Brighten up your day with Sue Grant’s weekly updates of what’s happening early doors in her garden this spring.
“We needed the rain. It came, or did it? By the weekend my thirsty almost parched garden had seen just one ten minute shower, then overnight drizzle. In the morning the grass (and underlying moss) looked refreshed. Dandelions and buttercups suddenly raised their heads in joy. But beneath the tree branches and the thick foliage of the shrubs, the ground remained hard and untouched by moisture.
“Early in the mornings, rather than stalk the wildlife, I sometimes just sit and listen. Contrasting sounds. In the distance delivery lorries rumble along the A66, while the local tractor chugs its way to work. A cockerel crows, the pheasants squawk and the plaintive bleating of young lambs drifts across the fields. And all around the birds sing.
“No, “sing” is not the right description. High in the sky ravens croak and buzzards mew, in the hedges sparrows chirp, dunnocks tweeter and a fat young blackbird squeaks. The wrens chat-chat in alarm, the wood pigeon coo-coos and the chaffinches splutter. Hidden deep amongst the oak leaves above me a blackcap pours out his excited scramble of melodies, whilst from the top of a tree across the lane the greatest vocalist of them all, the song thrush, calls out to anyone who will listen: “Did he do it? Did he do it? Did he do it? Yes he did. Yes he did. Yes he did. Come along now. Come along now.” I could listen to him for hours!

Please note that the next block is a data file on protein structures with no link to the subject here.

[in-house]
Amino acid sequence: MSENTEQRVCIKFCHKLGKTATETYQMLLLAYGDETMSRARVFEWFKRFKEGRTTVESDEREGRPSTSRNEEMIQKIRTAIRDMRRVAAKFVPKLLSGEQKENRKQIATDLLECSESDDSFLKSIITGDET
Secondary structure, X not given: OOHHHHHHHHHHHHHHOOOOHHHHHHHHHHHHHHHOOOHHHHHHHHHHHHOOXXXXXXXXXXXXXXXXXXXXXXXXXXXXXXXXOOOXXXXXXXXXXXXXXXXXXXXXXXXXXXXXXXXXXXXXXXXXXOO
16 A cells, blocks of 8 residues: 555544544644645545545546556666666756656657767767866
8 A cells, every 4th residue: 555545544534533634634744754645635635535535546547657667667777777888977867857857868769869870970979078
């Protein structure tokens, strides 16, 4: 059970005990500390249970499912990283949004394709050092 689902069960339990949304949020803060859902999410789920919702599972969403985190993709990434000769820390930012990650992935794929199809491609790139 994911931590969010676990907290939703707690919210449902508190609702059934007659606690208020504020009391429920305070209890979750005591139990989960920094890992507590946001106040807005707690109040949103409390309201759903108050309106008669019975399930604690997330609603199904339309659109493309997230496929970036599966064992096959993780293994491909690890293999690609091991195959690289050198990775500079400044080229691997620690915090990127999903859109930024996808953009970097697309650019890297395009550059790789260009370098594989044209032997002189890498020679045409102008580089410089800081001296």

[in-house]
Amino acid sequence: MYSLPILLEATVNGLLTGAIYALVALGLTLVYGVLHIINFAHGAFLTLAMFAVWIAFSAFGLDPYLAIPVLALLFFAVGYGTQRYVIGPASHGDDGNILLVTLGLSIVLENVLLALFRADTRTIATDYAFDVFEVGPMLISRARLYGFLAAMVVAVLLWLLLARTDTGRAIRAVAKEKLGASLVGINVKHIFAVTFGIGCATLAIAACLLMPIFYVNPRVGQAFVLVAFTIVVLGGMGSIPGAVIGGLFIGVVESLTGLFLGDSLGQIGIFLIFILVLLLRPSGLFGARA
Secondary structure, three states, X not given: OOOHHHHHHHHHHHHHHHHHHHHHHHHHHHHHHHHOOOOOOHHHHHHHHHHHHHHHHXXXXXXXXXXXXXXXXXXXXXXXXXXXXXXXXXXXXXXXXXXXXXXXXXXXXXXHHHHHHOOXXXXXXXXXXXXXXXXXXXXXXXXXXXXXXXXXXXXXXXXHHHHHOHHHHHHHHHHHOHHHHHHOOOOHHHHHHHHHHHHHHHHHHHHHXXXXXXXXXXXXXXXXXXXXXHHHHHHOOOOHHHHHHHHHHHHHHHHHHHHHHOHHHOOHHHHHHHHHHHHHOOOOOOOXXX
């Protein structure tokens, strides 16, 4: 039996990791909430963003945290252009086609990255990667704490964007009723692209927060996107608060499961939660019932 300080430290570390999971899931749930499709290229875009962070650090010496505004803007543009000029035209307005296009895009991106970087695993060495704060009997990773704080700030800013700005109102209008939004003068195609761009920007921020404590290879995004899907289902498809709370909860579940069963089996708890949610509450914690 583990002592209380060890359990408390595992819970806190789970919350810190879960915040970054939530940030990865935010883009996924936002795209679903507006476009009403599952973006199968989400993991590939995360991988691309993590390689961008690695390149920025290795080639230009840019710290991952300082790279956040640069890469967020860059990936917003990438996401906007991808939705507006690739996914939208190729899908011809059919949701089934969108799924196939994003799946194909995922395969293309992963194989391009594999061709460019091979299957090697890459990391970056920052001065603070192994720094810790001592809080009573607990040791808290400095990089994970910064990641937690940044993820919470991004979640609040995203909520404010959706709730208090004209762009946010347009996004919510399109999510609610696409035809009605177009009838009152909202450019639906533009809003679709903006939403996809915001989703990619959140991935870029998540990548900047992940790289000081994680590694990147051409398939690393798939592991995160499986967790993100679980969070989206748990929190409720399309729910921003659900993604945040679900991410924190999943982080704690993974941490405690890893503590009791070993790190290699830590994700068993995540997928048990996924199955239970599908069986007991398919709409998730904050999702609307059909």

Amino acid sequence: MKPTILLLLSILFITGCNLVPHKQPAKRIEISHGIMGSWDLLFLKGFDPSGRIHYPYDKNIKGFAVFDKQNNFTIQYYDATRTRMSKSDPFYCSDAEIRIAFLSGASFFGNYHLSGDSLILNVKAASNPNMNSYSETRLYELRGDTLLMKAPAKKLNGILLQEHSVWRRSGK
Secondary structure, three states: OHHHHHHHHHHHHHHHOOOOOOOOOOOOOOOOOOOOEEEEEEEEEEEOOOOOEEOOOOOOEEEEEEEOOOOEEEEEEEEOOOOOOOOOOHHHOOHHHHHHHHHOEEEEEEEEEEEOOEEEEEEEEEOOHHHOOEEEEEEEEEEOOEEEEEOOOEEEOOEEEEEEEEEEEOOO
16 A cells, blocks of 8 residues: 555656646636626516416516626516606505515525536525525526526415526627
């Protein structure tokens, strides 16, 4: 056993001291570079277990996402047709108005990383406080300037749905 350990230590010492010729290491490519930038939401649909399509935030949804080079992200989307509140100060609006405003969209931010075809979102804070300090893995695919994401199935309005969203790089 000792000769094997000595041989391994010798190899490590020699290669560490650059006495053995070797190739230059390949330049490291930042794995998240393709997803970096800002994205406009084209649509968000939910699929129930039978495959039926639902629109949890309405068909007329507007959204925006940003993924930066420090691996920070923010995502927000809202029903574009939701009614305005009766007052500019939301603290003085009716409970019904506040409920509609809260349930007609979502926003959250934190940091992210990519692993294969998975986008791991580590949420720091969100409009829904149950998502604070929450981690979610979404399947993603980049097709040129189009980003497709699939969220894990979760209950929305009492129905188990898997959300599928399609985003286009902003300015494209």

“As I stand, a faint rustle among the still-dry leaves turns my eyes to the ground. A slight movement, a pause, and then a tiny streak of brown amongst the tree roots. I freeze. A pause, then two more little field mice dart towards their hole and disappear.
“Just then the air is filled with a fascinating tinkling, twittering call as two goldfinches flutter across to the apple trees. I try without success to catch their bright colours on my camera: the deep red around the sharp black eye, a creamy white band running from the crest down the length of the breast, tinged with pinky-beige and edged with black, and golden brown wings sporting bright yellow tips.
“As I watch this dainty little pair flitting around the apple blossom another very slight movement to the left catches my eye. Again I freeze. A wren appears very near to where it is nesting carrying a soft grey feather in its beak I do not move. The wren does not move. We stay in our frozen tableau for at least two minutes until, with a last twitchy look around, he darts silently into the nest-site. I breathe again.
“The stars of the week, however, are the house martins, gliding and swooping low under the eaves as they start their nest-building. Their twitterings and chatterings high in the sky reassure me that summer is on its way.”
See all articles from Sue Grant’s column about what’s happening early doors in her garden.